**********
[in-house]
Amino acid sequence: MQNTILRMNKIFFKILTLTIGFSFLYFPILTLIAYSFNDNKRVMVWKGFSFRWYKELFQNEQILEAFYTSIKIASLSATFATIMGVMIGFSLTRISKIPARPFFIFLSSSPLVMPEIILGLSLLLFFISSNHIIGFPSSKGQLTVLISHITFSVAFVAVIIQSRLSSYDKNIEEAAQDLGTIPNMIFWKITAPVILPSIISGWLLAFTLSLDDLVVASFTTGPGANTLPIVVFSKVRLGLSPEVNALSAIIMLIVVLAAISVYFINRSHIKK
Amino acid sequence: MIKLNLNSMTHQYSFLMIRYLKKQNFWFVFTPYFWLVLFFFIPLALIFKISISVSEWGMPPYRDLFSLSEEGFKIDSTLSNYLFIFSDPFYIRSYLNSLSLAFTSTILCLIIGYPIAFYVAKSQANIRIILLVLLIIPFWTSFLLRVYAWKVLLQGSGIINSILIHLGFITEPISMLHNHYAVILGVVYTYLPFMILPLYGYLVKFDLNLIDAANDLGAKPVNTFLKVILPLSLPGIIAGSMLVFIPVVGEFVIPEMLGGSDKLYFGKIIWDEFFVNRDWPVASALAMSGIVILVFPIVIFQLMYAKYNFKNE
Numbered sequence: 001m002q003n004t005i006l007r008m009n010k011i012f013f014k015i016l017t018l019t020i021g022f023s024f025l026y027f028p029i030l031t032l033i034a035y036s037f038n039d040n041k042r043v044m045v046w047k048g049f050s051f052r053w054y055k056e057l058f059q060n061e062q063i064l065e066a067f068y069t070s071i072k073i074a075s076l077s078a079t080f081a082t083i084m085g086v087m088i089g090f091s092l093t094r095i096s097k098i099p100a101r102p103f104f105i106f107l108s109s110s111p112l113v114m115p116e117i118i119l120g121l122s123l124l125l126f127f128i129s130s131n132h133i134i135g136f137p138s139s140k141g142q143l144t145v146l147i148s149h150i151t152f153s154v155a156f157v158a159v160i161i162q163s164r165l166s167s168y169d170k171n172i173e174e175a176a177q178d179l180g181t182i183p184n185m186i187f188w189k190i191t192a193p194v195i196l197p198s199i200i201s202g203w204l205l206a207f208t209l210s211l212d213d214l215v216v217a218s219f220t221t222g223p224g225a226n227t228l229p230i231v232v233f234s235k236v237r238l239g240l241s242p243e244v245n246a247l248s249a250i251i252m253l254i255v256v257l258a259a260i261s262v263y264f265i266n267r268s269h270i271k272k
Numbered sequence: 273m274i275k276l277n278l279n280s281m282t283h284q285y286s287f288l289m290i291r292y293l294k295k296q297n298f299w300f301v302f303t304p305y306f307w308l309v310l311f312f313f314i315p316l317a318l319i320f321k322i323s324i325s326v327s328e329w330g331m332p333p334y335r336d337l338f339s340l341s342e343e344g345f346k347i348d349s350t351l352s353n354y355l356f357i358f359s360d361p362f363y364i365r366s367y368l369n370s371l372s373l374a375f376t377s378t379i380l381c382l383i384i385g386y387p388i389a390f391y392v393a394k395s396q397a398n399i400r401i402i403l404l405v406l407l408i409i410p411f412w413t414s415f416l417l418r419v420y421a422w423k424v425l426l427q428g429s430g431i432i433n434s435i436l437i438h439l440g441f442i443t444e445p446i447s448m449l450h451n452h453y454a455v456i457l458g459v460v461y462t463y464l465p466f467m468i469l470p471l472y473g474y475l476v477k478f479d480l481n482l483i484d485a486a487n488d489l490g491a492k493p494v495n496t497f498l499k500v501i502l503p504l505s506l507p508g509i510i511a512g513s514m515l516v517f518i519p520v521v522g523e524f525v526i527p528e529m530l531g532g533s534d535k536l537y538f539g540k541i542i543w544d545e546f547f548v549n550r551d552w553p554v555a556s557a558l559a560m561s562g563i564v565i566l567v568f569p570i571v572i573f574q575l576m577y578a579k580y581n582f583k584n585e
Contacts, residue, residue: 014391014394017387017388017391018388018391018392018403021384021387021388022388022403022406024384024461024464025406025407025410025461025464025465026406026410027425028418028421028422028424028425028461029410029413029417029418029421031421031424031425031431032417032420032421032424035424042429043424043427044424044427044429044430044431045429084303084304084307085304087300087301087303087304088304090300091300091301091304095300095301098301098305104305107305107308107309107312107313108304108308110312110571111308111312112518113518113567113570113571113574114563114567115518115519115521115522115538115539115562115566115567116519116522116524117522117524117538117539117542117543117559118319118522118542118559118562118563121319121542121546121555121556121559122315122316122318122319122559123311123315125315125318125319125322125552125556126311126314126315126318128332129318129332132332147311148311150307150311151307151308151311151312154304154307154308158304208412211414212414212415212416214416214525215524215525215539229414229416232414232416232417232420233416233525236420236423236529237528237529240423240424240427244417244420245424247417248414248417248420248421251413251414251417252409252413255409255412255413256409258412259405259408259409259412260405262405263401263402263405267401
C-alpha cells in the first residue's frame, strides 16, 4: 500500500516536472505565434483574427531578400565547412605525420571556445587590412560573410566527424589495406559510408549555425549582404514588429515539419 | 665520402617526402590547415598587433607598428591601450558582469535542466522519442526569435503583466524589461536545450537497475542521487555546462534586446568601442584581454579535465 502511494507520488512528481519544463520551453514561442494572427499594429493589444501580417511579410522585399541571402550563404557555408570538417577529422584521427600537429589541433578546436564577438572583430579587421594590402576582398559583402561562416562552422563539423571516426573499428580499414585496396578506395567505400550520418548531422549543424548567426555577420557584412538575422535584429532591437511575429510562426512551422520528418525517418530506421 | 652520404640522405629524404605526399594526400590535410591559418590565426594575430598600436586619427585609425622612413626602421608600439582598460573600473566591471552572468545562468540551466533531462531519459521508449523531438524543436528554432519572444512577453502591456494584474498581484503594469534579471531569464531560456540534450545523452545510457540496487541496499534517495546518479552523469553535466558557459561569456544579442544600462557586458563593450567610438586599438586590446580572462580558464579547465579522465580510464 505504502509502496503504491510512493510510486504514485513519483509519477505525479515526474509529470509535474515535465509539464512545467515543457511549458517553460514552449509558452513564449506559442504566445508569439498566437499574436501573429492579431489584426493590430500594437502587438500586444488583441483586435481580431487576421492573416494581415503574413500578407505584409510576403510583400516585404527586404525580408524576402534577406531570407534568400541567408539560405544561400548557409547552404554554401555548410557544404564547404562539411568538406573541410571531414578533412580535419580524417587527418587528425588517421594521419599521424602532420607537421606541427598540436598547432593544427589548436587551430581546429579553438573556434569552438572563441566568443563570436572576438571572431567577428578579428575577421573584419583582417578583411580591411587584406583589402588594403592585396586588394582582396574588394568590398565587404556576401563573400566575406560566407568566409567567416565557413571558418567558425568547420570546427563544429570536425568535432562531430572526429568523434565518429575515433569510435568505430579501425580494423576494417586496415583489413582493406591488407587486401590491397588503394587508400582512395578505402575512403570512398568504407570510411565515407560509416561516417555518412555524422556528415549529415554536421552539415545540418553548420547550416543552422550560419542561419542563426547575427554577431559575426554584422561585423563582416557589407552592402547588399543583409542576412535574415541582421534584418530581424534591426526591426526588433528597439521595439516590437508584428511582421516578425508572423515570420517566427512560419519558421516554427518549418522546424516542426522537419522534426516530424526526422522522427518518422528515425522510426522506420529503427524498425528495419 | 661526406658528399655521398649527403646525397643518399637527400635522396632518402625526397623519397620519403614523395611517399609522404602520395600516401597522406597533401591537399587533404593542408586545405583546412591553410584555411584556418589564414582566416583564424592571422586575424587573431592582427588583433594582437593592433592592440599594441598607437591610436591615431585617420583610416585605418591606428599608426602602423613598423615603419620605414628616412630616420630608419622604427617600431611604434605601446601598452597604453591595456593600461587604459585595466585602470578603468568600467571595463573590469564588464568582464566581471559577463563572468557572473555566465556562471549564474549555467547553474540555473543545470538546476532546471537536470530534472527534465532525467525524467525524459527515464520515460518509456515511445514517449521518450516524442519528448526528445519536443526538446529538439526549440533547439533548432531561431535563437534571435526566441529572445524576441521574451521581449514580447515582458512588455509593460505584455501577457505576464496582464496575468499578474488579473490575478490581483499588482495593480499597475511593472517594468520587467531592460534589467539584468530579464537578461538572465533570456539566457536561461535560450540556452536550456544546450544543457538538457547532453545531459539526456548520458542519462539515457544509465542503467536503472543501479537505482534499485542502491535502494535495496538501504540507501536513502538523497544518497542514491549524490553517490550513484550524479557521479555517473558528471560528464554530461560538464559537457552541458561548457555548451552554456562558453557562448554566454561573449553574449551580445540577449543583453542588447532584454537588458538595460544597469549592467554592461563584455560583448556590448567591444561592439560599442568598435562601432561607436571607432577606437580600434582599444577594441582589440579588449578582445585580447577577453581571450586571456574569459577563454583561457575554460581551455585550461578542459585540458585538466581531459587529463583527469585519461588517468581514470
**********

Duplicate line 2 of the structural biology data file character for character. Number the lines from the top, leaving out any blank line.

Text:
Amino acid sequence: MQNTILRMNKIFFKILTLTIGFSFLYFPILTLIAYSFNDNKRVMVWKGFSFRWYKELFQNEQILEAFYTSIKIASLSATFATIMGVMIGFSLTRISKIPARPFFIFLSSSPLVMPEIILGLSLLLFFISSNHIIGFPSSKGQLTVLISHITFSVAFVAVIIQSRLSSYDKNIEEAAQDLGTIPNMIFWKITAPVILPSIISGWLLAFTLSLDDLVVASFTTGPGANTLPIVVFSKVRLGLSPEVNALSAIIMLIVVLAAISVYFINRSHIKK